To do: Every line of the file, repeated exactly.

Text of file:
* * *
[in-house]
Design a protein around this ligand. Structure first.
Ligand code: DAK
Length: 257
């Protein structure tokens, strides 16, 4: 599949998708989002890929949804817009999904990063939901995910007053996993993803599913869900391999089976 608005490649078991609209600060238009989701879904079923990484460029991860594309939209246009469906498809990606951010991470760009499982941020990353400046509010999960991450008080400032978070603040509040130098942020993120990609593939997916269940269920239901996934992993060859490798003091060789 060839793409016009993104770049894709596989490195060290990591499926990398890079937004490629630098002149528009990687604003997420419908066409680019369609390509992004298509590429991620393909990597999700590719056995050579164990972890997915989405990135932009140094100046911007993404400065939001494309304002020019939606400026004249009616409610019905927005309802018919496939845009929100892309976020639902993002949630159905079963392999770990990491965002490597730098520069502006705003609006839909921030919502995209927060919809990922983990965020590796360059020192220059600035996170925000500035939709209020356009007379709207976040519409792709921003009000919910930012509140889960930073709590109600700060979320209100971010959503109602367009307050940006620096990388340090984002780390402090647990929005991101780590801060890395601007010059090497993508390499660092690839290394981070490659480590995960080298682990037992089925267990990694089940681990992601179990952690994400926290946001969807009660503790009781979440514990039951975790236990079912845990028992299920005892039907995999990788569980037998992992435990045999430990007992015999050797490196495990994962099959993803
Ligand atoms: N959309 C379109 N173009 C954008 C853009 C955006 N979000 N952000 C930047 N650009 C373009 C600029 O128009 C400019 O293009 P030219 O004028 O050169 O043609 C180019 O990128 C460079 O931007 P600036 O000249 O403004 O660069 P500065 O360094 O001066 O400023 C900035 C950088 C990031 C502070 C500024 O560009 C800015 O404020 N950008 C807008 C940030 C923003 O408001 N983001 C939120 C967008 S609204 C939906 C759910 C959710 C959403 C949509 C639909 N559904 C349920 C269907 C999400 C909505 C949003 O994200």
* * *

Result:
[in-house]
Design a protein around this ligand. Structure first.
Ligand code: DAK
Length: 257
């Protein structure tokens, strides 16, 4: 599949998708989002890929949804817009999904990063939901995910007053996993993803599913869900391999089976 608005490649078991609209600060238009989701879904079923990484460029991860594309939209246009469906498809990606951010991470760009499982941020990353400046509010999960991450008080400032978070603040509040130098942020993120990609593939997916269940269920239901996934992993060859490798003091060789 060839793409016009993104770049894709596989490195060290990591499926990398890079937004490629630098002149528009990687604003997420419908066409680019369609390509992004298509590429991620393909990597999700590719056995050579164990972890997915989405990135932009140094100046911007993404400065939001494309304002020019939606400026004249009616409610019905927005309802018919496939845009929100892309976020639902993002949630159905079963392999770990990491965002490597730098520069502006705003609006839909921030919502995209927060919809990922983990965020590796360059020192220059600035996170925000500035939709209020356009007379709207976040519409792709921003009000919910930012509140889960930073709590109600700060979320209100971010959503109602367009307050940006620096990388340090984002780390402090647990929005991101780590801060890395601007010059090497993508390499660092690839290394981070490659480590995960080298682990037992089925267990990694089940681990992601179990952690994400926290946001969807009660503790009781979440514990039951975790236990079912845990028992299920005892039907995999990788569980037998992992435990045999430990007992015999050797490196495990994962099959993803
Ligand atoms: N959309 C379109 N173009 C954008 C853009 C955006 N979000 N952000 C930047 N650009 C373009 C600029 O128009 C400019 O293009 P030219 O004028 O050169 O043609 C180019 O990128 C460079 O931007 P600036 O000249 O403004 O660069 P500065 O360094 O001066 O400023 C900035 C950088 C990031 C502070 C500024 O560009 C800015 O404020 N950008 C807008 C940030 C923003 O408001 N983001 C939120 C967008 S609204 C939906 C759910 C959710 C959403 C949509 C639909 N559904 C349920 C269907 C999400 C909505 C949003 O994200």